My Favourite Book: Rachel Ball


I’ve always admired Rachel, since she seems to have magic in her fingers – everything she touches turns out beautifully, as is evidenced by her jewellery and kitchen shops. I’ve spent much time browsing through her jewellery shop, admiring the simplicity and delicacy of her pieces. I also like it when she posts what she’s reading, or her own writing, since it’s quite rare for me to come across a blogger who designs and creates wares, and who also appreciates the written word with equal fastidiousness. Her taste is impeccable, which is why I was curious to ask her about her favourite book. Also, we’ve sort of ‘known’ each other for a while online, so I’d like to think we’ve become friends. There is a gentleness to her blog that I appreciate, and I think this gentleness comes through in her contribution to My Favourite Book. Thank you Rachel!

When I think of my favorite books, I think of the ones that compel me to write, that are written so vibrantly that it seems impossible the characters don’t really exist, that make me stop and reread a sentence just to absorb its pleasure again. I think of The Shipping News. I love this book for its lyricism, for its fragmented sentences, for the character names like Quoyle and Tert Card and Sunshine, for the way every chapter begins with an epigraph. I love passages like this:

The sea glowed, transparent with light. Wavey and Quoyle picked near each other. Her hard fingers worked through the tufted plants, the finger and thumb gathering two, seven, rolling them back into the cupped palm, then dropping them into the pail, a small sound as the berries fell. Walked on her knees. A bitter, crushed fragrance.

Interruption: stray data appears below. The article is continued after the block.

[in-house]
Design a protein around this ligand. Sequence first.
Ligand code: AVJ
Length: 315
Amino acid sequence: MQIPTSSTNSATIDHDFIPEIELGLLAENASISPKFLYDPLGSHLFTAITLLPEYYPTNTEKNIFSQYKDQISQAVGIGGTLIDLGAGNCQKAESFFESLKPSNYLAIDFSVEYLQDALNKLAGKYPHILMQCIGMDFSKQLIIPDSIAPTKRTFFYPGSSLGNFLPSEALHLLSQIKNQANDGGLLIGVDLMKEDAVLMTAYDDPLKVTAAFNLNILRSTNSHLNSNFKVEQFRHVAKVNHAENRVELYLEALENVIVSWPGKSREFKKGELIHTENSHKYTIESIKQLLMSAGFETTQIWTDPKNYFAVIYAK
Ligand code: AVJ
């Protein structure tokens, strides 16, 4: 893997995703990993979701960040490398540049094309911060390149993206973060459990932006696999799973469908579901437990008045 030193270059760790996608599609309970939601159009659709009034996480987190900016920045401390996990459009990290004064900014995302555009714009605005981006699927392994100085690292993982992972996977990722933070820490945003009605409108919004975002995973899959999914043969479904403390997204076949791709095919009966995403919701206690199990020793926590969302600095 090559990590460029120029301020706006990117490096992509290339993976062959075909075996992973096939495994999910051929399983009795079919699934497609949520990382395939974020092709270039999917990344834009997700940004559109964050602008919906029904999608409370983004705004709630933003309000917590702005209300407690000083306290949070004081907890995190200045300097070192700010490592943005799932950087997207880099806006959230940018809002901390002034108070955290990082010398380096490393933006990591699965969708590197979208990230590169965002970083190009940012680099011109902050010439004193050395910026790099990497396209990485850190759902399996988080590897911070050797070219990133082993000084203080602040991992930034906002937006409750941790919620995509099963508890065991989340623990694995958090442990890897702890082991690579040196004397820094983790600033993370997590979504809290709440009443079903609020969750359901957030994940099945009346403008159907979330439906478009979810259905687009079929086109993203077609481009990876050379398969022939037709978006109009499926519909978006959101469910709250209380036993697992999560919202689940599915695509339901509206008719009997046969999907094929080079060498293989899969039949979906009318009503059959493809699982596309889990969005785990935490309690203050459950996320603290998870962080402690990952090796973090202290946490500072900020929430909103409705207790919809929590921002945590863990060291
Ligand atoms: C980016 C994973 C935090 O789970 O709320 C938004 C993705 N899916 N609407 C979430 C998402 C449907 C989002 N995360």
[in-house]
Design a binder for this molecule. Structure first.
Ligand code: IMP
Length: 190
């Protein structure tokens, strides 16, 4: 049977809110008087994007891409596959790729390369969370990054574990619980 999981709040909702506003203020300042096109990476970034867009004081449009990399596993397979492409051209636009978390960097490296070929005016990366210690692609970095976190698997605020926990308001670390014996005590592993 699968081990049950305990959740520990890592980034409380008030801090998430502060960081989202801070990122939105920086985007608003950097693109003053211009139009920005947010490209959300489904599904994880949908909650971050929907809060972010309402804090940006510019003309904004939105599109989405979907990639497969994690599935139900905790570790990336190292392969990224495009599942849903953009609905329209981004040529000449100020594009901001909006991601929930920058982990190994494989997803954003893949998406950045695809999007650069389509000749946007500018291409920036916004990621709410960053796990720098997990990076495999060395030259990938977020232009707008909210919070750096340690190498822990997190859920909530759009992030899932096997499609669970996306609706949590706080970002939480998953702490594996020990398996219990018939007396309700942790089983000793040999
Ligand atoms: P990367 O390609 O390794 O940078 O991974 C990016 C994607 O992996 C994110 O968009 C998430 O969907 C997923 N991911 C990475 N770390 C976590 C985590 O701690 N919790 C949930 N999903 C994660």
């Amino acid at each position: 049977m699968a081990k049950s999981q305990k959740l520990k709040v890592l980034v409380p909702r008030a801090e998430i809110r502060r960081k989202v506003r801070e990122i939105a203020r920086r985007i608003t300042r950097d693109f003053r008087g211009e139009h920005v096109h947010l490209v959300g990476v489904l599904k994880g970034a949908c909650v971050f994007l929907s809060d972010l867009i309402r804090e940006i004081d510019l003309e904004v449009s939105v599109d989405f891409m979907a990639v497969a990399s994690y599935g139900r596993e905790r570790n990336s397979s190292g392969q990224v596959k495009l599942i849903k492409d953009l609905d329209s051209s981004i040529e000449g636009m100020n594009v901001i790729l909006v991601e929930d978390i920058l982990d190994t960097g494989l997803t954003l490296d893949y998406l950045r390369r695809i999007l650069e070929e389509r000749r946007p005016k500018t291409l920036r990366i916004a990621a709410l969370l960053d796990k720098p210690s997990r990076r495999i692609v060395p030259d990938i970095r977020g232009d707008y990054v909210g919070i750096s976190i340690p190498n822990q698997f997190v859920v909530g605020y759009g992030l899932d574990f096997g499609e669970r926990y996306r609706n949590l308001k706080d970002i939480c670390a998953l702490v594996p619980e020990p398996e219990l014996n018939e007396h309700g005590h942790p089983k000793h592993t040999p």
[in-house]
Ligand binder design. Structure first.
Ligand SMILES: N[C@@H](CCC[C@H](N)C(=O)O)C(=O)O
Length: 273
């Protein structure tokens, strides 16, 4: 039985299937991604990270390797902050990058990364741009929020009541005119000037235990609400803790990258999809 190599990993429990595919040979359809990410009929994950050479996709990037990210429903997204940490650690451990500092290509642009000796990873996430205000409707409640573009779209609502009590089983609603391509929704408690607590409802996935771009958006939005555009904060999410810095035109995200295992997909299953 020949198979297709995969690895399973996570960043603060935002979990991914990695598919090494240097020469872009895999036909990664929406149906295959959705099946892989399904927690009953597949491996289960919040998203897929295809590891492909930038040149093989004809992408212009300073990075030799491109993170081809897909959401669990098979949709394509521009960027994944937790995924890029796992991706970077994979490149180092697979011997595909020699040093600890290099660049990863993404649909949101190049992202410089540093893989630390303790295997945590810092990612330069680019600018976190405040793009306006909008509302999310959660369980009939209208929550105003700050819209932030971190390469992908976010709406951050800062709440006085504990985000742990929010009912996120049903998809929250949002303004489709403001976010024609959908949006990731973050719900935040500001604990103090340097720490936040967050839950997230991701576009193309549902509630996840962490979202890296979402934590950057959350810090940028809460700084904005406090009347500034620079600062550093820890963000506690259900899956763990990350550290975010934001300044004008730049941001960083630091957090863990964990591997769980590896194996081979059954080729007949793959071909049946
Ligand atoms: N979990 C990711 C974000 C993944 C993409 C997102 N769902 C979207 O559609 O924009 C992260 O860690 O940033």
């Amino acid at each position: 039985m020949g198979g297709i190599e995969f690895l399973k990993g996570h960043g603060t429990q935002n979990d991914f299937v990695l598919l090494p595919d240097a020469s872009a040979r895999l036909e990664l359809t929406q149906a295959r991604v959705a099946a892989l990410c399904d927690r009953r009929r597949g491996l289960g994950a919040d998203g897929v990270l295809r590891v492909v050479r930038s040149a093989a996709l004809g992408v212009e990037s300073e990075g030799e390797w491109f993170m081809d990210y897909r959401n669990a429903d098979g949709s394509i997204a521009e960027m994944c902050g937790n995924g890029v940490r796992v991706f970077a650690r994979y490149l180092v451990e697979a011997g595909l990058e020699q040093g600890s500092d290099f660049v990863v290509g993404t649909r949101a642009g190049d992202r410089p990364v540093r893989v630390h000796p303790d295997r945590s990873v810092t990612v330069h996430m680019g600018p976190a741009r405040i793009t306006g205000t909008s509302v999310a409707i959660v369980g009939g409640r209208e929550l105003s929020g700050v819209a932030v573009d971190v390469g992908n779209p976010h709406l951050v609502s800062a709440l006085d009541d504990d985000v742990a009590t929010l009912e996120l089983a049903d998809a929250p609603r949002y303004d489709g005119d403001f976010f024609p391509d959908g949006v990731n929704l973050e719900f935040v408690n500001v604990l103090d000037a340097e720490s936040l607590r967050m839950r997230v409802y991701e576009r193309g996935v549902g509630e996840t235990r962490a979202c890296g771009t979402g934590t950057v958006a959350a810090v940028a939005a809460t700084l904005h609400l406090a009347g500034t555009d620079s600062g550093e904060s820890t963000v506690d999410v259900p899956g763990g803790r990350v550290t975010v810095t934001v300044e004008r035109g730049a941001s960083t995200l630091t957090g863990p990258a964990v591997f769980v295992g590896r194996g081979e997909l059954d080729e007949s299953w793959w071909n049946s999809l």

But there is also a kind of inexplicable reason why I’m so taken with this book. There is a quality I just can’t pin down; it is simply that I feel it in my bones.

I was in a local bookstore the other week and decided that it was time to buy my own copy; when I’d read it before, I’d borrowed it from the library. But I loved it too much to not have a copy for myself; I wanted it closer to me, and wanted the freedom to dog-ear my favorite parts, feeling the pages soften from repeated handling. In the bookstore that day, I slid out a copy from a tightly-packed bookshelf and brought it up to the cash register. I was buying two other novels, too, but the cashier only commented on The Shipping News.

“Have you read this before?” she asked as she rung it up, and I smiled and said yes. I told her it was one of my favorite books.

“It’s so, so beautiful,” the cashier said, and I agreed.

A note on the image: The above image is Thrown Stones by Amy Sacksteder. Rachel asked me to choose an image to accompany her words, and my mind went straight to this painting by Amy. I can’t really explain why, other than saying that it inspires the same feelings I have when reading the passage Rachel picked out above. Thanks Amy, for giving me permission.